They worked with teachers to leverage the available room facilities of the school for a speaker series that brought the students in touch with some of the most passionate and energetic community members and engage with them through conversation and creative practice. Based on their work, Lauren and Erin are now working on the first speaker series that is planned to launch in in the first half of 2019.
Reconnecting a Divided Community
Project by Jeremy Brodeur, Estefania Ciliotta, Sylvia Zepeda
In their research along Columbia Road the group composed of Jeremy Brodeur, Estefania Ciliotta, and Sylvia Zepeda understood that Columbia Road, more than a connector is, in fact, in many ways a barrier. Physically, Columbia Road is wide and difficult to cross, with poorly timed pedestrian crossing signals and aggressive vehicular traffic that regularly exceeds posted speed limits. Crossroads that could otherwise link Roxbury and Dorchester are instead blocked by the infrastructure supporting the elevated commuter rail tracks.
Communities appear also to be divided by Columbia Road rather than connected, with neighborhood associations in Dorchester using Columbia Road as their western barrier, and those in Roxbury claim it as their eastern limit.
Gang activities pose a further challenge, often claiming small areas as their turn, sometimes just a few blocks or even a single street. These elements converge near Ceylon Park, where the Fairmount Line crosses Columbia Road.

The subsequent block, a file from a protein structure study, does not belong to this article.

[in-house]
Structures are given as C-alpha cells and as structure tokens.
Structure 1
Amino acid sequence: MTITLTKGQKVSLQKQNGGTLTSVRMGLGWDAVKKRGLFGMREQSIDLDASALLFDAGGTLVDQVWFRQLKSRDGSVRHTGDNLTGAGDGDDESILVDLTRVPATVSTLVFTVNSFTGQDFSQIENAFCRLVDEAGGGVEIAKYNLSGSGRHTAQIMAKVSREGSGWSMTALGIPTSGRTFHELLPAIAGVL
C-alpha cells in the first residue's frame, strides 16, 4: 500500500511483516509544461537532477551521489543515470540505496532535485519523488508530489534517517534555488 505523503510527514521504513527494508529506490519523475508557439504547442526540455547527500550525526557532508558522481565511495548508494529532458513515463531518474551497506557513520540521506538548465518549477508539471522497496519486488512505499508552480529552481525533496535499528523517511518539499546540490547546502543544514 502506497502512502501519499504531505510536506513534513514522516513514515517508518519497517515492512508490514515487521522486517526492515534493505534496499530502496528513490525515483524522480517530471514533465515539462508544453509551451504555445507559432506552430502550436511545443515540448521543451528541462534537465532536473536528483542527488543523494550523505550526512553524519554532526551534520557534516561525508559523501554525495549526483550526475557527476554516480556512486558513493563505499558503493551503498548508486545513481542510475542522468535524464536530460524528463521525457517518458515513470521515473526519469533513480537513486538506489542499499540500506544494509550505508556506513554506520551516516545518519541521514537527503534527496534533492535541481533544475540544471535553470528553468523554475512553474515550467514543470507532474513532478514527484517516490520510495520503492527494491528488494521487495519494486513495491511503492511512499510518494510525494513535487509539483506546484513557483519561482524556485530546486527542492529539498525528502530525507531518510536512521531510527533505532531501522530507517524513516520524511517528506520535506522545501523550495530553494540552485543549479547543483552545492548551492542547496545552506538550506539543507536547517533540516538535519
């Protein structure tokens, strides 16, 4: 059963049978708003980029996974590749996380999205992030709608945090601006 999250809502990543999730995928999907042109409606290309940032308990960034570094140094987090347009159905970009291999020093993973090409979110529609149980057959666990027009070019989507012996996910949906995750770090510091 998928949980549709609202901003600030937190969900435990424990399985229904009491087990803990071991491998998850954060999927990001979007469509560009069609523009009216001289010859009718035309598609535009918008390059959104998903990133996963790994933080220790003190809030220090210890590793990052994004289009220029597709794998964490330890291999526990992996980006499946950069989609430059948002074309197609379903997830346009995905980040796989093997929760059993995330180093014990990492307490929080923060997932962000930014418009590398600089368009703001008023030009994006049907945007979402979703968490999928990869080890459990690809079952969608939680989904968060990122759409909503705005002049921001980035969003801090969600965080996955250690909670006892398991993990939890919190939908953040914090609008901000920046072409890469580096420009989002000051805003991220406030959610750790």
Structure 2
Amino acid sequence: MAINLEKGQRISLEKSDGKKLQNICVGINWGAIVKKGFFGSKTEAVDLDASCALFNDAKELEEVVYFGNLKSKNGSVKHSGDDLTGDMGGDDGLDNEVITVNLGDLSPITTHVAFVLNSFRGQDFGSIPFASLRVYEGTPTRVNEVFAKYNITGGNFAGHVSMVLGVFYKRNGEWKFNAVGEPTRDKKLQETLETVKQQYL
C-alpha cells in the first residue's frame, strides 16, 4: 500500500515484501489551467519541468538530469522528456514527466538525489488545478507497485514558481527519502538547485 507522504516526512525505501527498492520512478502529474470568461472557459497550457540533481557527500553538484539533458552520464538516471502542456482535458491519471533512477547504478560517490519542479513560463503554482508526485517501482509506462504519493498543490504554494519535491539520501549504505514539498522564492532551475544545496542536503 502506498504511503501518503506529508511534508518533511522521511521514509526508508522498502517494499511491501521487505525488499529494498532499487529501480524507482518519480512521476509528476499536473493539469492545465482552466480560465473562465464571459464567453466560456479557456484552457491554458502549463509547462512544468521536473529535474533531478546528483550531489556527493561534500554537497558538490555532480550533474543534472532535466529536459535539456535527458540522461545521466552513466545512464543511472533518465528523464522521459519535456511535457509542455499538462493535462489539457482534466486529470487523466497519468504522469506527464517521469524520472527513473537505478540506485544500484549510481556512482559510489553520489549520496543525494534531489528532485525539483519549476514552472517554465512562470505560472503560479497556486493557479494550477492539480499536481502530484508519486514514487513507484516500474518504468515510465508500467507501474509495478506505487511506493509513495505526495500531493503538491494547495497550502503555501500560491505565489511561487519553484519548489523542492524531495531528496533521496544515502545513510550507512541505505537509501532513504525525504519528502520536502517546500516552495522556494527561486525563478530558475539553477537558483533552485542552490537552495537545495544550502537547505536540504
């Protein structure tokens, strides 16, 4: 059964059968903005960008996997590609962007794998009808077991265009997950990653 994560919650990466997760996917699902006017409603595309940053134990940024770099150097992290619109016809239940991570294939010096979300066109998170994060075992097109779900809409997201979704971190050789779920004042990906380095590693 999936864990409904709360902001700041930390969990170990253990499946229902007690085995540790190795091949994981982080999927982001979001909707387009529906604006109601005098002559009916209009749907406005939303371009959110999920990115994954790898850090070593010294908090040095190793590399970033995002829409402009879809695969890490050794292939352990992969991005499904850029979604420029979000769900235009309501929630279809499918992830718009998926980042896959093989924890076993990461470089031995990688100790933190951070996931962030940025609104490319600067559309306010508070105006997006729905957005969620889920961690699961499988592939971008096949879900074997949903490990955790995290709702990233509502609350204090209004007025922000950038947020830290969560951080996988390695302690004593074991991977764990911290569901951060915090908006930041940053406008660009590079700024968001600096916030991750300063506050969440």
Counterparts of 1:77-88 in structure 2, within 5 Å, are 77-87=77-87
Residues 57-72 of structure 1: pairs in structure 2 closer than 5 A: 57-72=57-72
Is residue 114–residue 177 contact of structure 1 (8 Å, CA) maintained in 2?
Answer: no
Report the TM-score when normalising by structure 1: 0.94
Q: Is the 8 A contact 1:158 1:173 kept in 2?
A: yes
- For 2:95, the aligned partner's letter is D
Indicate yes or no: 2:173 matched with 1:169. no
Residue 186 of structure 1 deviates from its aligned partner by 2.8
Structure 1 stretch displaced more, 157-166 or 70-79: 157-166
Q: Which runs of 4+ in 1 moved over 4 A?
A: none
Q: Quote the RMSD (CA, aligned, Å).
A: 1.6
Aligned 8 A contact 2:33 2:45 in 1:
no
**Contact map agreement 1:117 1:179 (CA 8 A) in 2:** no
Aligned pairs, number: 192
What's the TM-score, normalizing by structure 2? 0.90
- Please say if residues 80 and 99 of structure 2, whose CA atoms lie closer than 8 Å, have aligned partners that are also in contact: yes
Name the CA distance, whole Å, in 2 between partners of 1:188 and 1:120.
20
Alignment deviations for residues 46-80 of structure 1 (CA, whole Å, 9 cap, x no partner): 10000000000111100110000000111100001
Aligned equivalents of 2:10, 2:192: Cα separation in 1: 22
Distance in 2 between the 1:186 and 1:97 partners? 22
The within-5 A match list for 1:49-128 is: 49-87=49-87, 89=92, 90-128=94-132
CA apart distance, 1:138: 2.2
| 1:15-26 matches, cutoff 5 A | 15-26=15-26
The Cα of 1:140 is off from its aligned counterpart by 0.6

The group’s proposed intervention focuses thus on creating networks of connections that bridge the communities and localities on either side of Columbia Road. One of the sites they focus on for such a physical/social connection is the underutilized triangle along Columbia Road right under the Fairmount Line at the height of Ceylon Park – the Pillars Park Triangle as the group named the site.
The proposed intervention contemplates both physical as well as social, organizational, and event-based elements. A place-based artist in residence program in collaboration with local organizations such as nearby DS4SI or other community artists, designers and organizers, to facilitate our program implementation. The Pillars Project leverages a unique feature of the site: the set of eight, massive concrete pillars supporting the Fairmount Line train bridge. Currently, the pillars are regular victims of tagging – gang marking that claims the space as territory. The proposal, instead, envisions the pillars as canvasses for the community, primarily through the resident artist, although calls for street artists are also envisioned.
The significance of this strategy is twofold: first, by using the pillars as canvasses, the community reclaims the space as its turf. Secondly, the work is impermanent by design, with each pillar repainted on a rotating schedule. This flexibility allows for growth by experimentation, fosters resilience through adaptability, and creates interest through ongoing creative events.
Further initiatives include Pop Up Programming and A sense of Play to claim the proposed Pillars Park Triangle as a space for the community.